Pannonhalmi Főapátság and four of the others wineries (Hangyál Pincészet, Herold Pince, Pécsinger Szőlőbirtok, and Tár Pincészet) belong to the PH-Érték organization, whose wines are fresh, crispy blends based on a backbone of at least 50% Riesling. Pecsinger’s PH-Érték 2020 (60% Riesling, 30% Olaszrizling, 10% Királyleányka), for example, has a touch of a petrol note, bringing some complexity. The excellent Cseri Pincészet was also once a member but has stepped out. This latter still makes some fabulous aged Rieslings and a nice Pét-Nat from the same variety.
PH-Érték is a clever play on words, whereby Érték means “value” and PH can be interpreted as referring to the Pannonhalma wine region, the relatively high PH value coming from the high lime content in the soils, or the cultural value of the area.
Pecsinger has a striking space-age-like Dezső Ekler-designed winery, dramatically surrounded by vineyards, near the village of Győrújbarát. While I was tasting wine from the tank, the owner of the Pedro bakery (the place to go for breakfast in Pannonhalma town) rolled in and took a large plastic container full of wine away with him.
Wine sold in this way is still a significant part of Pecsinger’s income and it has a chain of shops in western Hungary where customers come and get their plastic bottles filled. It is transitioning over to a higher portion of bottled wine.
Another large Győrújbarát winery moving in a similar direction is Babarczi, which makes some excellent reds, including a Kékfrankos, which is ultra-rare in the wine region. Winemaker Zsuzsanna Babarczi picked the Kékfrankos relatively early and aged it in French oak, resulting in a vibrant and enjoyable light wine with restrained tannins. It costs HUF 3,100 from babarczipince.hu. The same winery’s earthy, complex, concentrated Cabernet Franc Marianum 2019 (HUF 10,000) bagged a gold medal at the Berliner Wine Trophy.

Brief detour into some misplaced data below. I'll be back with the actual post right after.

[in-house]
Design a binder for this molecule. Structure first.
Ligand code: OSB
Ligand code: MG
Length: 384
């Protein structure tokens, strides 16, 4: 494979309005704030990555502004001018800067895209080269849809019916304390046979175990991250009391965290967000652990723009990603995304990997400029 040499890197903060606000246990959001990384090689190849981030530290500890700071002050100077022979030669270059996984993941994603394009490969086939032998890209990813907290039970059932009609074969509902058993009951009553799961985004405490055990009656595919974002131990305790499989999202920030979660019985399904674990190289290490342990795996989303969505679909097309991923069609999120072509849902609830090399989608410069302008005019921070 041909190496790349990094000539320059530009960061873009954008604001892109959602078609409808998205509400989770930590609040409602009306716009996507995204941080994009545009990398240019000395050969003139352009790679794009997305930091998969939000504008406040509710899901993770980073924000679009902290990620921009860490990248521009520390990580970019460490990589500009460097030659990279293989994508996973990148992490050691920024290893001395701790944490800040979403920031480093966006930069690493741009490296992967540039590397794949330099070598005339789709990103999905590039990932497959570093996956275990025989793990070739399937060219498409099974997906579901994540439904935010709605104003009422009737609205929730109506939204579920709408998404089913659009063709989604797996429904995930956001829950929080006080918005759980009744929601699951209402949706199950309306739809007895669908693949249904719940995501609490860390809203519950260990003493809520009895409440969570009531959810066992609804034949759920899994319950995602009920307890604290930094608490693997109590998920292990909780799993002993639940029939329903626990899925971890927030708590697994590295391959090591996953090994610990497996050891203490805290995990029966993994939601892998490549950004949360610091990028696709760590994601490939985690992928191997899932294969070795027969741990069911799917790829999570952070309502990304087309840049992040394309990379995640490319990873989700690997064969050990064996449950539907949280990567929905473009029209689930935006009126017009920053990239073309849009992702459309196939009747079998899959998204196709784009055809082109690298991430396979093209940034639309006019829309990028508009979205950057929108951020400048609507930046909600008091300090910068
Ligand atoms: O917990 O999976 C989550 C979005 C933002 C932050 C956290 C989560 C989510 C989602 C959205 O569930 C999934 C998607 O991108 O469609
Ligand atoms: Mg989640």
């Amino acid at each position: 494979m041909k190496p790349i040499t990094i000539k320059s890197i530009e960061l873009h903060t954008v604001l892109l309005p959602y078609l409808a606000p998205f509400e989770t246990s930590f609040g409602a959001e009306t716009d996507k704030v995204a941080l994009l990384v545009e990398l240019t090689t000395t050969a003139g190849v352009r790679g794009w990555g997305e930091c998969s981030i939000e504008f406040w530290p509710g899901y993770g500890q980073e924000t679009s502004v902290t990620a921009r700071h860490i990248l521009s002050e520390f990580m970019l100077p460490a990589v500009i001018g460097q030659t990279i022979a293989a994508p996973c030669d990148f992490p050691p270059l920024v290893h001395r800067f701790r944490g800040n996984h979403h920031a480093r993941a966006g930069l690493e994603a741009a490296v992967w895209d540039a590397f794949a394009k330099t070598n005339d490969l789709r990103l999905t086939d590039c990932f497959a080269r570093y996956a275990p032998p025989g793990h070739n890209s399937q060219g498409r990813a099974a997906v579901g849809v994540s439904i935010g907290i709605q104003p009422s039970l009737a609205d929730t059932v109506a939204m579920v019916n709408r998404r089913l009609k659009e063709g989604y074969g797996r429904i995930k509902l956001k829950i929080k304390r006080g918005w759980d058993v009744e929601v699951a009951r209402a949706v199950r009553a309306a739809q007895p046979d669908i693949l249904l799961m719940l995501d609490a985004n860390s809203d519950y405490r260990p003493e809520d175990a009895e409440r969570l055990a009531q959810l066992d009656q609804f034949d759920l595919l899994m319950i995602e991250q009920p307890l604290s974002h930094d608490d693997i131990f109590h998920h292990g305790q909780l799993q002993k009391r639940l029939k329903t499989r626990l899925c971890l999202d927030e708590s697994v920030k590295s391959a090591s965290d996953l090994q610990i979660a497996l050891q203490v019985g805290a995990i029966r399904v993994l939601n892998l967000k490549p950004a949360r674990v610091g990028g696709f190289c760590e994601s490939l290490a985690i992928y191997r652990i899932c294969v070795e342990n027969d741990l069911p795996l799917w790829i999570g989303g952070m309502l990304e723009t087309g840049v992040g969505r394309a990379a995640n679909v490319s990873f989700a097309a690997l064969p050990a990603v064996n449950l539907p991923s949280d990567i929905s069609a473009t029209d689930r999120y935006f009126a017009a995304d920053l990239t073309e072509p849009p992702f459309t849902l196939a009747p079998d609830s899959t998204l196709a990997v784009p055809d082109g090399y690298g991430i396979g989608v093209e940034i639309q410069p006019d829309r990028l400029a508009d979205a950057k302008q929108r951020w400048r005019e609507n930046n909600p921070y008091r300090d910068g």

Located at the foot of the hill topped by Pannonhalmi Főapátság is the fledgling Herold Pince, which came out with its first wines in 2015. Among its 12 hectares, Herold has half a hectare of Olaszrizling, which is rare in the region, as are indigenous varietals in general.
The Olaszrizlings were the stand-out wines for me here, and apparently also for the owner, Ádam Herold, who has tagged the German world Liebling (“favorite”) onto the premium Olaszrizling. The 2018 Liebling is creamy, oily and complex, with a waxy texture, remarkable concentration and with the vibrant acidity to cut through the richness.
It was fermented and aged in oak for six months and is a bargain at HUF 2,590 from pannonborbolt.hu, having won a Grand Gold medal at Hungary’s Vinagora international wine competition. The winemaker is Szabolcs Fiderman, who also makes wine with two friends in the nearby Neszmély wine region at N3 Borműhely.
The Tár Pincészet, in Tényő, works with five clones of Olaszrizling from Hungary and neighboring countries, with an Austrian clone used to make the impressive 2021, which has citrus and herb notes and is soon to be released. The Sauvignon Blanc from here is exciting, with the 2021 costing a bargain HUF 1,950 from limapubandhostel.hu.
The village of Nyúl, with its winding cellar rows that evoke J.R.R. Tolkien’s Middle Earth, is home to Hangyál Pincészet, which is itself housed in a nicely designed modern building. Balázs Hangyál is such a fan of Slovenian Sauvignon Blanc, which has much in common with that of Südsteiermark immediately across the Austrian border, that he planted Slovenian clones. The result is stunning, with the 2021 oozing juicy gooseberry and costing HUF 2,200 from wineloverswebshop.hu. The Chardonnay from here is also delicious.
This article was first published in the Budapest Business Journal print issue of February 25, 2022.